Friday, January 30, 2009

BLOGSCAN - How the healthcare blogosphere was scammed

Scams in healthcare are not just limited to insurers, hospitals and clinicians. The blogosphere itself can be victimized.

At Dr. Val's blog "Getting Better" in a post entitled "How The Health Blogosphere Was Scammed", we learn that a blog aggregator company called Wellsphere promised to help bloggers better distribute their content, achieve higher recognition, etc. It sent out seductive, complementary letters made to appear as if done individually, and an invitation to submit content with the following onerous provision in the electronic fine print (only seen if a 'terms of service' link is clicked):

When you post your own copyrightable content on the Website or give Wellsphere permission to post your copyrightable content on the Website, you retain ownership of any copyright you claim to your submitted content. However, by posting your content or giving Wellsphere permission to post your content you automatically grant Wellsphere a royalty-free, paid-up, non-exclusive, worldwide, irrevocable, perpetual license to (i) use, make, sell, offer to sell, have made, and further sublicense any such User Materials, and (ii) reproduce, distribute, create derivative works of, publicly perform and publicly display the User Materials in any medium or format, whether now known or later developed…

In other words, you retain your copyright to your IP, except grant the company the ability to do anything they want with your material, with no reimbursement to you if they make money, and you also allow the company to distribute and sublicense your material to anyone they please, your copyright be damned.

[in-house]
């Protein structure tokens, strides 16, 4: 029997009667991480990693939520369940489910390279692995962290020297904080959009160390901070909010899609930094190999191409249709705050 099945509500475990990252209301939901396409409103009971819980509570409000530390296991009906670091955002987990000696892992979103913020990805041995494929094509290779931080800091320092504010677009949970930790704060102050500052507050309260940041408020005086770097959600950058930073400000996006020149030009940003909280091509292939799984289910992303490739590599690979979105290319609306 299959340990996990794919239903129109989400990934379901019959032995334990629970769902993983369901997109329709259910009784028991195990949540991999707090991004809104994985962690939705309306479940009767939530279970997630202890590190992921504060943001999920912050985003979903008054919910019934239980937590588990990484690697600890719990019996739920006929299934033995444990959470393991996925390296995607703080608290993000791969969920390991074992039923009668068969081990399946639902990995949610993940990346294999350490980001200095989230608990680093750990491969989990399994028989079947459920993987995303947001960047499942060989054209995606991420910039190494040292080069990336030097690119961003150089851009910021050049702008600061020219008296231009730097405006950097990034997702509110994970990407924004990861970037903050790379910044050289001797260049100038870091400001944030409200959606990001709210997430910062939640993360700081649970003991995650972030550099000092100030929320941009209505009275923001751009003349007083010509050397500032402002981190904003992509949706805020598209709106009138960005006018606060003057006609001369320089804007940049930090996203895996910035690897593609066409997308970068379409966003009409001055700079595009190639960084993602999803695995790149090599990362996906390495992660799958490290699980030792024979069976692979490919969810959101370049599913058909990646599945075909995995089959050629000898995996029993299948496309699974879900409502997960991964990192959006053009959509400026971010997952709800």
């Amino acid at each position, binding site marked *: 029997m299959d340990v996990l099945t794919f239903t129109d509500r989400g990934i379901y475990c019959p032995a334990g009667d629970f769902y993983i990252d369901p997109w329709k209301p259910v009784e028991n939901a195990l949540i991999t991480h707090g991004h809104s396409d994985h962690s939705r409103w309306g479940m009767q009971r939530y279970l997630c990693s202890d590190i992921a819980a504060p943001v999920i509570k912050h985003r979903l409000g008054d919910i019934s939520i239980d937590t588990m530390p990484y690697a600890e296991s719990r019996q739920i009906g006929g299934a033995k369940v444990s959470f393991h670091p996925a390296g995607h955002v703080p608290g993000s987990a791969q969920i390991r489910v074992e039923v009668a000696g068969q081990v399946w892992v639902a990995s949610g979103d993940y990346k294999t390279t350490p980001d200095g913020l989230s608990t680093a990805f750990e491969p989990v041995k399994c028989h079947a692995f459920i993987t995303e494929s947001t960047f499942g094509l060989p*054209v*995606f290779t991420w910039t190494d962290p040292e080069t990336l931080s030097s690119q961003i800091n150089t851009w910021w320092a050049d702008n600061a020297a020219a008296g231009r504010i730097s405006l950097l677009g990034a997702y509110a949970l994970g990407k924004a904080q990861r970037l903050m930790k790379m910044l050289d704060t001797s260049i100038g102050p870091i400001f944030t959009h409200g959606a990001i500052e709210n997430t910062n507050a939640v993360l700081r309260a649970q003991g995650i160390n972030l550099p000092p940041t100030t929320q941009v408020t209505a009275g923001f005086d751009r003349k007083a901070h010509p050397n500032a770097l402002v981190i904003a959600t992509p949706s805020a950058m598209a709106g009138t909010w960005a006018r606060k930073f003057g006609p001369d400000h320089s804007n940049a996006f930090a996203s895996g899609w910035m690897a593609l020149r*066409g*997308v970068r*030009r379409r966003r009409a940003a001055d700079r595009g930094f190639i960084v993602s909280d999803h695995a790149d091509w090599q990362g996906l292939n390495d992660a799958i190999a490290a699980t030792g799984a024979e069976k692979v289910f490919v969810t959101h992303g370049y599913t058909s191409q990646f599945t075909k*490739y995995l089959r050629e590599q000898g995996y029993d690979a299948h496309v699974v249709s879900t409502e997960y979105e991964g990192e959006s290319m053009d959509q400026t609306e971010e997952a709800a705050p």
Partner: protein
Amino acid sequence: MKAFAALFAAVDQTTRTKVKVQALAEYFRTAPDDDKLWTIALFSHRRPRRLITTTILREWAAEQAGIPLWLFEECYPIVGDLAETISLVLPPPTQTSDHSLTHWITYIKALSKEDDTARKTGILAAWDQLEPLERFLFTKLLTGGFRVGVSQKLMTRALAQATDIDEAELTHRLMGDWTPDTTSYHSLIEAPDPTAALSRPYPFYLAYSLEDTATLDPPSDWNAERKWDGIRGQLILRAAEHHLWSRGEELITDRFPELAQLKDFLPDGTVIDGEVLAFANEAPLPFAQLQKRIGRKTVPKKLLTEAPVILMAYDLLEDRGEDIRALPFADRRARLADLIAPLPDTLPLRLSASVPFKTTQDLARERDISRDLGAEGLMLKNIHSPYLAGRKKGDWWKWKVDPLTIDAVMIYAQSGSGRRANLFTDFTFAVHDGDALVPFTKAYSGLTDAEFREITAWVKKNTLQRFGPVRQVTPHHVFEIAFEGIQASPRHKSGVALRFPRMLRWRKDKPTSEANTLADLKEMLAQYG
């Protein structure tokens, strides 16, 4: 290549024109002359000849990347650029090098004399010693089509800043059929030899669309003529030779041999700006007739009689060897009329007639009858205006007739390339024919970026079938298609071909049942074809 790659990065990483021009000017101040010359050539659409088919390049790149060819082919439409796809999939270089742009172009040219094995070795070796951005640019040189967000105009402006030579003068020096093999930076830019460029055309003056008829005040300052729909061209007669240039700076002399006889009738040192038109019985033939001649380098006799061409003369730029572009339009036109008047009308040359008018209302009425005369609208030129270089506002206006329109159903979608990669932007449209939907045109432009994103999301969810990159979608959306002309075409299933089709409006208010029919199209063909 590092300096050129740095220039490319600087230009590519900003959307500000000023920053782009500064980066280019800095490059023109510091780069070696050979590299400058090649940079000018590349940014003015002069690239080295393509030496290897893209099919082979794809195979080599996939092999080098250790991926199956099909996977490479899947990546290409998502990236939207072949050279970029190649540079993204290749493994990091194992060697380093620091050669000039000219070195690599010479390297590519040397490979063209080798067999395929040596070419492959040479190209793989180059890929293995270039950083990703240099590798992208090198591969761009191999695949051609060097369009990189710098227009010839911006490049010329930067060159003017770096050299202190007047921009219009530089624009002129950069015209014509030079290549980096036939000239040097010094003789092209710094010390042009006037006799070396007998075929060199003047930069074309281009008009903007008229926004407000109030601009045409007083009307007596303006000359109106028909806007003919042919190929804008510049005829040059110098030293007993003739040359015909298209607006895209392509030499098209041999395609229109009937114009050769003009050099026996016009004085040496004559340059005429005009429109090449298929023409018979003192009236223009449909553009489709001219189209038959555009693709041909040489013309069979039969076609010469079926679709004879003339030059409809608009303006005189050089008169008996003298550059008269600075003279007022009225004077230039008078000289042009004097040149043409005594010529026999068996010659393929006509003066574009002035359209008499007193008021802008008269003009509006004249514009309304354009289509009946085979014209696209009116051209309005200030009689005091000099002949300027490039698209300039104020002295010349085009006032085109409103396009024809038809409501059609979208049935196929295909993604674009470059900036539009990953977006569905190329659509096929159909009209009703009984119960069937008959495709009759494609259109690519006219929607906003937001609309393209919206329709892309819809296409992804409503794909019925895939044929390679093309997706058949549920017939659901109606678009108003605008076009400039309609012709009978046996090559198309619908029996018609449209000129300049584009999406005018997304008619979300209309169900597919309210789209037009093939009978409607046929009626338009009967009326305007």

One wonders if they would appreciate such 'fine print' in a patient informed consent form:

"During the surgery you retain ownership of your organs, but if we find one we like we reserve the right to sell it to someone else for their own use."

The company was then sold, and bloggers found themselves estranged from benefit and control of their own IP.

The following list of posts on this issue comes from Deliberate Ambiguity:

Hedge funds, anyone? I know a good one that promises 12% returns every year, even in economic downturns, that uses a secret strategy for investing developed by some genius level programmers.

-- SS


Dr. Val said...

Another disturbing aspect of this case is the deliberate misrepresentation of member healthcare credentials and pressure for lay people to answer medical questions on the site. See this blog post here:

Dr. Val said...

Also, there's an interesting comment thread here about Stanford's name being used to legitimize the business model. Does Stanford U. know what's going on?

People can also follow the latest news on Wellsphere by searching this tag on Twitter: #wellsphere.

MedInformaticsMD said...

Sadly, the CMIO of this venture appears to be a medical informaticist who trained at Stanford while I trained at Yale (I do not know him.)

Medical informatics has as a core competency and key function the clarification of medical terminology and minimization of "blur" in the paper or machine capture and dissemination of biomedical information.

Personally, had I been the CMIO I would have reviewed the terms of service agreement, seen it as overbearing, and would have asked that it be altered to be a reasonable IP agreement.

I would have also asked that its relevant legalese regarding IP rights be presented in plain English in the emails sent to bloggers, not placed behind a hyperlink in the electronic "fine print" that the purveyors knew or should have known most people would not read or read in detail.

If the businesspeople who likely created this "agreement" refused, I would have walked out the door on first principles (i.e., of good business practices).

-- SS